I recall working with Margaret Spellings after the 2000 election to begin the transition work in education before President Bush took office. Several of us had been active in helping the President when he was promoting and implementing effective education policies as governor of Texas. As the inauguration neared, we had ambitious plans to take those and other policies from the campaign to the national level.
We were blessed that so many different groups had an interest and were willing to work with us in a constructive spirit to effect improvement. As divisive as the campaign had been, especially at the end, there was a readiness to come together.
Both sides in Congress had pushed positions, but not to conclusion, in the previous Congress. Business, civic, educator, and policy groups were involved and generally ready to get to work.
I don’t want to over-romanticize the No Child Left Behind Act or its accomplishments. But I do believe that there was a lot of cooperation and relative harmony in its construction. Further, it had the salutary effect of drawing out some of the best contemporary policy thinking as well as incorporating many of the important views of a broad cross-section of interests. Finally, and importantly, in contrast to most of the very few bipartisan achievements we’ve had since, it was a bold, ambitious move that pressed to make a significant difference.
Was it perfect? Hardly. It had problems, and its implementation in the field left a lot to be desired. But there is no doubt that the accountability movement of which NCLB was a key element made a clear and positive impact in advancing student achievement, especially for disadvantaged students.
I see the current scene in a much less favorable light. There was virtually no attention to education policy in the recent campaign. The little discussion that took place seemed mostly shallow and incoherent. This is not to say that all the ideas or the people touting them were bad. To the contrary, some were good. But the lack of a strong foundation for action and the lack of a readiness for consensus building around it likely mean that little forward motion should be expected.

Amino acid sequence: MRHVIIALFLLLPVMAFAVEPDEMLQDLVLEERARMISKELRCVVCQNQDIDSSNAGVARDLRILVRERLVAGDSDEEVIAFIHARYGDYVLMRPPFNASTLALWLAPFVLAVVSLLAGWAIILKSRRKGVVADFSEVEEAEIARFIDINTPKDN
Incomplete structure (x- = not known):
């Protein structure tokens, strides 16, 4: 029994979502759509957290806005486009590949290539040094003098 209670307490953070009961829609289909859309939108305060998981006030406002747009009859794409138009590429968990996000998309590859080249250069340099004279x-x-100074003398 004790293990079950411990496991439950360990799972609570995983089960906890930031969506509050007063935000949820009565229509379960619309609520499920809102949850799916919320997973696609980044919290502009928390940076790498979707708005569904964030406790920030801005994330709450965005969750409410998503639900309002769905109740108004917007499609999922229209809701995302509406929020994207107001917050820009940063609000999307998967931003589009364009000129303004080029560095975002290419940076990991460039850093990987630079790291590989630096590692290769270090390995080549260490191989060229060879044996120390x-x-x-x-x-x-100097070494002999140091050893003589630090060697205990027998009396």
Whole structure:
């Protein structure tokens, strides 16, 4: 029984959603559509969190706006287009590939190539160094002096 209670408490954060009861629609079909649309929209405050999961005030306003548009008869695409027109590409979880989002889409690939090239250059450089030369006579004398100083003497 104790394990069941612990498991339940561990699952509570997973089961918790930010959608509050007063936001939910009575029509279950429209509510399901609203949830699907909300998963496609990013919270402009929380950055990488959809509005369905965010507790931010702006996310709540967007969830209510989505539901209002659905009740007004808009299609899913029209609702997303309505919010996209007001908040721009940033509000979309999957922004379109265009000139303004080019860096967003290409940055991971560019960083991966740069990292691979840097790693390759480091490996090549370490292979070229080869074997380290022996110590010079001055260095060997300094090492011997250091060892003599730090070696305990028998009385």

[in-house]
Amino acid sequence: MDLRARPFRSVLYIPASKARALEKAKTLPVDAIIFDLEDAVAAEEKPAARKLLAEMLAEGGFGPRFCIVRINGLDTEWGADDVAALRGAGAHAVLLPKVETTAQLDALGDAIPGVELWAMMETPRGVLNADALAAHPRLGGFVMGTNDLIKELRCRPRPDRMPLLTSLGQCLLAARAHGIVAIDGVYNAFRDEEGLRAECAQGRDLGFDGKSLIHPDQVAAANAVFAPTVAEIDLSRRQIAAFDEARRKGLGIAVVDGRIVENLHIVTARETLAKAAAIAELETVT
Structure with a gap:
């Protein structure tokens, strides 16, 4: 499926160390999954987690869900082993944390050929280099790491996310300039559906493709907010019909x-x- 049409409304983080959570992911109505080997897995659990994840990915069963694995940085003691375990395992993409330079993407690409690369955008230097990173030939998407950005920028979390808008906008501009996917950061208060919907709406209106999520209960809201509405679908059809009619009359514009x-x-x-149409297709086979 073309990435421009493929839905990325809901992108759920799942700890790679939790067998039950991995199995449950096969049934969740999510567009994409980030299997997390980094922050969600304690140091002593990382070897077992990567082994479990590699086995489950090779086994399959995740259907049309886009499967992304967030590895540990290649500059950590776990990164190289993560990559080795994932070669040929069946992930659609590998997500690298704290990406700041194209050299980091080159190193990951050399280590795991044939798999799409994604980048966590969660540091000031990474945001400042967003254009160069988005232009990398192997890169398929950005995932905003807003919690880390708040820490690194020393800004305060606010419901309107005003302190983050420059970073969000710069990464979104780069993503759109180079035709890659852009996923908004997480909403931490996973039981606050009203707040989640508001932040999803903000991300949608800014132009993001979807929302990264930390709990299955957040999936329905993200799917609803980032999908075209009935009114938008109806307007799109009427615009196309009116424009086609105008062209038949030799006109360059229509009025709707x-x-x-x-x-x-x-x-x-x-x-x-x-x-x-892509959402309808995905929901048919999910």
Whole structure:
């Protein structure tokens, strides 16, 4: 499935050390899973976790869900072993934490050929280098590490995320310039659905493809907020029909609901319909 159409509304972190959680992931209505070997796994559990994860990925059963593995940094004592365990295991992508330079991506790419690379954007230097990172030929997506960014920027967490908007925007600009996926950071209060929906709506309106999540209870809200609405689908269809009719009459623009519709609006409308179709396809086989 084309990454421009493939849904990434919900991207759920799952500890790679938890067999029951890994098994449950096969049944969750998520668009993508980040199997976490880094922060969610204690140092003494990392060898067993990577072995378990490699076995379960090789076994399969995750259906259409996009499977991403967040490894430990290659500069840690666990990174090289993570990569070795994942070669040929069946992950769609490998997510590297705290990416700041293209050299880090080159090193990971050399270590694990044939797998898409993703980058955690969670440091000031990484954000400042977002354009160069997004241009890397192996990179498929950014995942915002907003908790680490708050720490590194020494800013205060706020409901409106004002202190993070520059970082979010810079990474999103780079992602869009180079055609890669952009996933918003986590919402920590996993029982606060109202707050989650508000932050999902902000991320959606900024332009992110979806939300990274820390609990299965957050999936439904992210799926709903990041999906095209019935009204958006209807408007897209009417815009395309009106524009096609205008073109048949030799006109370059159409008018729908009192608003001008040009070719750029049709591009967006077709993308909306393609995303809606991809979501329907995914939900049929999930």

Some will say that’s the whole idea: action shouldn’t come from the federal level. But both candidates and all interested parties argue that education matters and something should be done about it. My point fundamentally is this: I don’t see much prospect of anything serious being done, at least in the near term, at any level.
Let’s analyze my hypothesis by looking at the various major current players and their positions.
Shall we begin with the educator unions? They got clobbered. They put a lot into the Clinton campaign and Democratic candidates all over the country. Losses everywhere. This likely means that as to their special issues, mainly union matters, programs, and spending, they’re in terrible shape. The only place they remain strong, and it’s because of positions they share with other interest groups, is in their basic opposition to reform and accountability.
What about education reformers? Their position seems to have weakened, too. The Democratic reformers have lost further ground against the unions, such as in the charter election in Massachusetts. Republican reformers have become a rare breed altogether.
And choice advocates? The good news is that there were a few choice victories in the states, and a pro-choice President was elected, along with a Republican Congress. Will there be substantially more action on the choice front as a result? Maybe. But, if history is a guide, many of the other groups who lose ground as to their own agendas, largely around programs and funding, will turn their energy to defeating choice measures.
So, could it be that we’re stuck in a quagmire where no agenda moves forward? By the way, this inertia appears to be setting in at the state level as well, though that was supposed to be the new locus of action.
What makes this predicament even worse is that many of the forces that pushed action in the late 90s and the 2000s appear to be retreating from the field. I don’t see the same vigor in the business community. The civil rights community involvement seems to have weakened, too, though some very good souls soldier on.
At the end of the day, we may end up with the default policy of less reform, less accountability, and less support.
I hope I’m wrong. This is indeed a worrisome brew.